It is on my own personal reminiscences that I draw for the following story; the scene of its leading event was most familiar to me in early life. If the principal actor in it be yet living, he must have reached a very advanced age. He was often at the Hall, in my infancy, on professional visits. It is, however, only from those who 'prated of his whereabouts' that I learned the history of his adventure with
There stands a City,-- neither large nor small,
Its air and situation sweet and pretty;
It matters very little -- if at all --
Whether its denizens are dull or witty,
Whether the ladies there are short or tall,
Brunettes or blondes, only, there stands a city!--
Perhaps 'tis also requisite to minute
That there's a Castle and a Cobbler in it.
A fair Cathedral, too, the story goes,
And kings and heroes lie entomb'd within her;
There pious Saints, in marble pomp repose,
Whose shrines are worn by knees of many a Sinner;
There, too, full many an Aldermanic nose
Roll'd its loud diapason after dinner;
And there stood high the holy sconce of Becket,
-- Till four assassins came from France to crack it.
The Castle was a huge and antique mound,
Proof against all th' artillery of the quiver,
Ere those abominable guns were found
To send cold lead through gallant warrior's liver.
It stands upon a gently rising ground,
Sloping down gradually to the river,
Resembling (to compare great things with smaller),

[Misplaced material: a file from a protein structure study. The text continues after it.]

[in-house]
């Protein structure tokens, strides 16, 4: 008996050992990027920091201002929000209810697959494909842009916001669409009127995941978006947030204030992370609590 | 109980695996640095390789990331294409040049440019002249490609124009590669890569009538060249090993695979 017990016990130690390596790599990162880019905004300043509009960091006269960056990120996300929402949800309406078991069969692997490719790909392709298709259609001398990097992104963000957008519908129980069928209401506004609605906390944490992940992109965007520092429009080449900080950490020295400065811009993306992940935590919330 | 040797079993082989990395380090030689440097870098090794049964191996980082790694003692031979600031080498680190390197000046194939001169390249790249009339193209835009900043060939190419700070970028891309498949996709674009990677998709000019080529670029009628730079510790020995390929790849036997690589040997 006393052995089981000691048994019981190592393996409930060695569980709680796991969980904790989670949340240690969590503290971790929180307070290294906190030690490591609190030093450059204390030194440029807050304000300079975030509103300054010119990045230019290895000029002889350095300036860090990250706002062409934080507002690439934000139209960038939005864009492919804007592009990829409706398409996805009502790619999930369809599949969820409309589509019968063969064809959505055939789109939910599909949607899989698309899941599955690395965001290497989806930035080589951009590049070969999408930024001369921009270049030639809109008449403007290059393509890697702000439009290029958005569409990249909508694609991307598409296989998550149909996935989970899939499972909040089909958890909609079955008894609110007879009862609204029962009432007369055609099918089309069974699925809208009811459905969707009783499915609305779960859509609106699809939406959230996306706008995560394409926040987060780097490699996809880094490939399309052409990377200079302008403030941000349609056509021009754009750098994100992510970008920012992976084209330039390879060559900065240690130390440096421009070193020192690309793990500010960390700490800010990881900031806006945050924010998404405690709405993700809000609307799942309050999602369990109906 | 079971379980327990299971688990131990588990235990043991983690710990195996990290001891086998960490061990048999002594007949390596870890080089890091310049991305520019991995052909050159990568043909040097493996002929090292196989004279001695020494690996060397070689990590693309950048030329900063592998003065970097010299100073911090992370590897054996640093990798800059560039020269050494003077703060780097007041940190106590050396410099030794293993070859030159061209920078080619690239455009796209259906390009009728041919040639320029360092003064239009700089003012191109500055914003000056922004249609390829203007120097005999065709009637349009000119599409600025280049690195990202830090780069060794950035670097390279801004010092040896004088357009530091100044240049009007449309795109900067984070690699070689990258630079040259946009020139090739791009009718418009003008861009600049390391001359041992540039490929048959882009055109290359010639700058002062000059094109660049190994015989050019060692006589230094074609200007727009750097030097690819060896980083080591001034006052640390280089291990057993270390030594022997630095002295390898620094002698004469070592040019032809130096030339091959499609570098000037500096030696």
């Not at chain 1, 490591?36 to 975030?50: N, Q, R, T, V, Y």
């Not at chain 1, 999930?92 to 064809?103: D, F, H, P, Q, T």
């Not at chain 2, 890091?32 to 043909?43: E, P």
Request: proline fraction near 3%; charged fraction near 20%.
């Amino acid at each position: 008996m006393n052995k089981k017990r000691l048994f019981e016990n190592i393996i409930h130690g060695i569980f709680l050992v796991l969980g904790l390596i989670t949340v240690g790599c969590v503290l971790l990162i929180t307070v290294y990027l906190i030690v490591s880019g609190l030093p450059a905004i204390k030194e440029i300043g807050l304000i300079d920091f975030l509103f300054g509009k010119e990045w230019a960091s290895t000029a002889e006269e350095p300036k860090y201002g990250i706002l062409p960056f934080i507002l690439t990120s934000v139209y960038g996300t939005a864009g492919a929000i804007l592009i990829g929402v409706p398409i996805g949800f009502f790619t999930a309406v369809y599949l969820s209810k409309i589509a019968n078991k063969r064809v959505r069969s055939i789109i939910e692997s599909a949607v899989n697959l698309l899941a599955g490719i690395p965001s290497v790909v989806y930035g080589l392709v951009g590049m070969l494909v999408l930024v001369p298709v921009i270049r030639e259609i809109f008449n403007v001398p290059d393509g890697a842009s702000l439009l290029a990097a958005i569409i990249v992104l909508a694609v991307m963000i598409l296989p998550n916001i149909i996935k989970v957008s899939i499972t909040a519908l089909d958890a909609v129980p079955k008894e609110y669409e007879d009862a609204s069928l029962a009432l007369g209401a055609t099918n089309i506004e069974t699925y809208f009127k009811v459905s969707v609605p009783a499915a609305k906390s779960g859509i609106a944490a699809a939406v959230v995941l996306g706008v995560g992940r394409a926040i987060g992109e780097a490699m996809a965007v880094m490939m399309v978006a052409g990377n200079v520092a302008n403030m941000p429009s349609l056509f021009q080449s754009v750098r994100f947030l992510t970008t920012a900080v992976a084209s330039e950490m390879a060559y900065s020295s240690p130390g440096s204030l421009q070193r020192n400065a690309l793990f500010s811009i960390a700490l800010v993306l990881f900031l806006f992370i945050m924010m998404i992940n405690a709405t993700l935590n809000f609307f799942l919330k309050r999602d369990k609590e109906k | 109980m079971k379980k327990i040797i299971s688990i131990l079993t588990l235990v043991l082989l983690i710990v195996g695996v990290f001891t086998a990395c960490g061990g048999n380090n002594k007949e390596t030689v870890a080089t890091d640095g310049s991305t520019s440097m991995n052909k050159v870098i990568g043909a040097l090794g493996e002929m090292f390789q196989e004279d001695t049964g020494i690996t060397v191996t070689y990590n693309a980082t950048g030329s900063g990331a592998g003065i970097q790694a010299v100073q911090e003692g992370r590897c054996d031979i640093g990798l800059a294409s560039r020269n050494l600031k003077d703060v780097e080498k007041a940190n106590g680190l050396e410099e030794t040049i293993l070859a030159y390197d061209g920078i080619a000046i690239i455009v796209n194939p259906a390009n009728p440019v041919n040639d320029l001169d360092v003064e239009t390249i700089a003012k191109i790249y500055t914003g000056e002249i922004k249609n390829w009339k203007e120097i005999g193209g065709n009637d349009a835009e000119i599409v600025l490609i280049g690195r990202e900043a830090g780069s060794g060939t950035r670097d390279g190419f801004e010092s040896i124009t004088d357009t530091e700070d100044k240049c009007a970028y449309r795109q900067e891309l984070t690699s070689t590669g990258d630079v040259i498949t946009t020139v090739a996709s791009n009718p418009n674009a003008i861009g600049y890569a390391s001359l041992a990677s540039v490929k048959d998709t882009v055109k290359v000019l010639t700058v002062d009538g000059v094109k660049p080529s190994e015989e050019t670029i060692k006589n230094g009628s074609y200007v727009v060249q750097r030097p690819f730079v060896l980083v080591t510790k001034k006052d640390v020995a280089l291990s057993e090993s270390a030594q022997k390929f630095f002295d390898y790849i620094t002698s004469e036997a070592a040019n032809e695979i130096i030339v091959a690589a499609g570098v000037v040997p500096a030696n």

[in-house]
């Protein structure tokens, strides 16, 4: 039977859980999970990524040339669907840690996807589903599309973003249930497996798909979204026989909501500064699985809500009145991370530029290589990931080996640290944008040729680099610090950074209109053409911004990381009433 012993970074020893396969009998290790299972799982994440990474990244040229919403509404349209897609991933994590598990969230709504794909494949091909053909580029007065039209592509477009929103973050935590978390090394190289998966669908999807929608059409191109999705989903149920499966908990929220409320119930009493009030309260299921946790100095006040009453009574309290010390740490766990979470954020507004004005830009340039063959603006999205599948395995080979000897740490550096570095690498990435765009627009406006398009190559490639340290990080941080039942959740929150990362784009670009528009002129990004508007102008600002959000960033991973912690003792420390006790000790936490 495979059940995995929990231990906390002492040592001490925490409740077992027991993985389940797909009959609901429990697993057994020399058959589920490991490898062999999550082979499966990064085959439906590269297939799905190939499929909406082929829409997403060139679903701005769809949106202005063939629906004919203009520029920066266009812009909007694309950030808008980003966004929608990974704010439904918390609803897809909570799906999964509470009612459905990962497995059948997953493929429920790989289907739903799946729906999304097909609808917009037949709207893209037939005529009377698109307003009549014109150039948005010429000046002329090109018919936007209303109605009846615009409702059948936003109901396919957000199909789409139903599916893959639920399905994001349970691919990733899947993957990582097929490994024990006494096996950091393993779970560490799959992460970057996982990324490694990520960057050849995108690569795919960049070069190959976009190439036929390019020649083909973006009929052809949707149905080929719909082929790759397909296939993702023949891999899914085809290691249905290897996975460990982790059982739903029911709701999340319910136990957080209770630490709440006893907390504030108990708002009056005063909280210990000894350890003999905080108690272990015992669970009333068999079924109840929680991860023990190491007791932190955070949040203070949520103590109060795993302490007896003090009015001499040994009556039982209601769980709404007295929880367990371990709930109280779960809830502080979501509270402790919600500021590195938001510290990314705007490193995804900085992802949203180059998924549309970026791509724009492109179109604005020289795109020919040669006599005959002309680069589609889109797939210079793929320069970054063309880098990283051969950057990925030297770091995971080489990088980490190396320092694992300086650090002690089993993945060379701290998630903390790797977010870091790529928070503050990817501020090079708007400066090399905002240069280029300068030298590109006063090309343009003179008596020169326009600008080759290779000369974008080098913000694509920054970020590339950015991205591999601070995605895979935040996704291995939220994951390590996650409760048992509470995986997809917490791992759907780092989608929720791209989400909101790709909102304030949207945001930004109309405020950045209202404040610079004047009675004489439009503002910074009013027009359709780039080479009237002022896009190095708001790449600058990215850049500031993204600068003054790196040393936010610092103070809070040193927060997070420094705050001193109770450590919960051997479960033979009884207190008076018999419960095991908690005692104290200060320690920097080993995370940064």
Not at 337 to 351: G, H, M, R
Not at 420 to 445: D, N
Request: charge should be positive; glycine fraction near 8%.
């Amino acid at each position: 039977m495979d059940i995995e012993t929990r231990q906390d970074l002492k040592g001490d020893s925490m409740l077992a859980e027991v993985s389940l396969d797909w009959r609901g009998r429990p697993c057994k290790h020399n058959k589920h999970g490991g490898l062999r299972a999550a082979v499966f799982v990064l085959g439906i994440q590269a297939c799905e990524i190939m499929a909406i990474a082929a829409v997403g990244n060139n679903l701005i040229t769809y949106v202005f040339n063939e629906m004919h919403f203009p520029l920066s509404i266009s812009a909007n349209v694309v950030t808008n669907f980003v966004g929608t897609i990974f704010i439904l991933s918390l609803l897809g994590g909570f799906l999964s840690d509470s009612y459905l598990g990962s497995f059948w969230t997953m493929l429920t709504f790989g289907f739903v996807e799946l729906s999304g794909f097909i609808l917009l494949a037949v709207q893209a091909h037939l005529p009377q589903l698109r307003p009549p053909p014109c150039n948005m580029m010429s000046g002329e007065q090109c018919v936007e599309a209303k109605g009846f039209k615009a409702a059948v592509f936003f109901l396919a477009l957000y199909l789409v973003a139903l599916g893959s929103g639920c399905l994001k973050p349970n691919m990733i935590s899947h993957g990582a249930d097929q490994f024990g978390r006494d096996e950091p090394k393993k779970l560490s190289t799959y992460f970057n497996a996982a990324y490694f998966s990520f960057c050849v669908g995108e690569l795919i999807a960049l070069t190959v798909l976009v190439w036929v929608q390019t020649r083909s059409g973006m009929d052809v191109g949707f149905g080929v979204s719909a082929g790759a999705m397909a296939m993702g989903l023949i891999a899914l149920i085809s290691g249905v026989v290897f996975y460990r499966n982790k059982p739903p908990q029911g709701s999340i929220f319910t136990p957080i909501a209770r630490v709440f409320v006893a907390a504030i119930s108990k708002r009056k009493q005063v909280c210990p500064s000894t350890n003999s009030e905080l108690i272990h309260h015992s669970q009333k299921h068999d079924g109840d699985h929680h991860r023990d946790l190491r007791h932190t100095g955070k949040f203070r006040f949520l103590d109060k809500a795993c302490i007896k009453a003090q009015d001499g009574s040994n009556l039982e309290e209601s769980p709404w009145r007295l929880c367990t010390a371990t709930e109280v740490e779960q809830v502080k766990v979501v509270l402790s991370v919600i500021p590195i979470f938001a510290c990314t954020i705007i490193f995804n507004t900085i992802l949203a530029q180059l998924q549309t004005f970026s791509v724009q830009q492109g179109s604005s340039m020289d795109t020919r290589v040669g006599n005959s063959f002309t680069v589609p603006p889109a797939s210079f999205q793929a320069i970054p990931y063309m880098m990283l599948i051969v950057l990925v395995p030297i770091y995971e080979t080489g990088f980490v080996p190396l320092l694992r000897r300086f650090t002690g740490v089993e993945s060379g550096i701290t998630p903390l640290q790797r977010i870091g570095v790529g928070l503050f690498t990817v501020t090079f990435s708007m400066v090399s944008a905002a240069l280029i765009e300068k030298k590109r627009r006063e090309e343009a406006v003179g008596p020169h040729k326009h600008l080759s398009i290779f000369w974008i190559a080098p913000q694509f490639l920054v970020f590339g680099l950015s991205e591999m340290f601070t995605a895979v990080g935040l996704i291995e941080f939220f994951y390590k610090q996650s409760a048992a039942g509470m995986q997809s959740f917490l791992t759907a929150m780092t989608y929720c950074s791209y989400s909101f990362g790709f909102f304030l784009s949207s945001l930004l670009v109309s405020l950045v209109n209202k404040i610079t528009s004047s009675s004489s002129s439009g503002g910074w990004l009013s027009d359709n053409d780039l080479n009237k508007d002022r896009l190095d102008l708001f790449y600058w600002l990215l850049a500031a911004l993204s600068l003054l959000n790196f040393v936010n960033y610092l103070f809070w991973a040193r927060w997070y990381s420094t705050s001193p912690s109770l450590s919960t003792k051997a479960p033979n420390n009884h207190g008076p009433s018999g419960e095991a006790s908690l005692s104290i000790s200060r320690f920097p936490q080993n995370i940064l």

A well-scooped, mouldy Stilton cheese,-- but taller.
The Keep, I find, 's been sadly alter'd lately,
And, 'stead of mail-clad knights, of honour jealous,
In martial panoply so grand and stately,
Its walls are fill'd with money-making fellows,
And stuff'd, unless I'm misinformed greatly,
With leaden pipes, and coke, and coals, and bellows;
In short, so great a change has come to pass,
'Tis now a manufactory of Gas.
But to my tale.-- Before this profanation,
And ere its ancient glories were cut short all,
A poor hard-working Cobbler took his station
In a small house, just opposite the portal;
His birth, his parentage, and education,
I know but little of -- a strange, odd mortal;
His aspect, air, and gait, were all ridiculous;
His name was Mason -- he'd been christen'd Nicholas.
Nick had a wife possessed of many a charm,
And of the Lady Huntingdon persuasion;
But, spite of all her piety, her arm
She'd sometimes exercise when in a passion;
And, being of a temper somewhat warm,
Would now and then seize, upon small occasion,
A stick, or stool, or anything that round did lie,
And baste her lord and master most confoundedly.
No matter!--'tis a thing that's not uncommon,
'Tis what we have all heard, and most have read of,--
I mean, a bruizing, pugilistic woman,
Such as I own I entertain a dread of,
-- And so did Nick, whom sometimes there would come on
A sort of fear his spouse might knock his head off,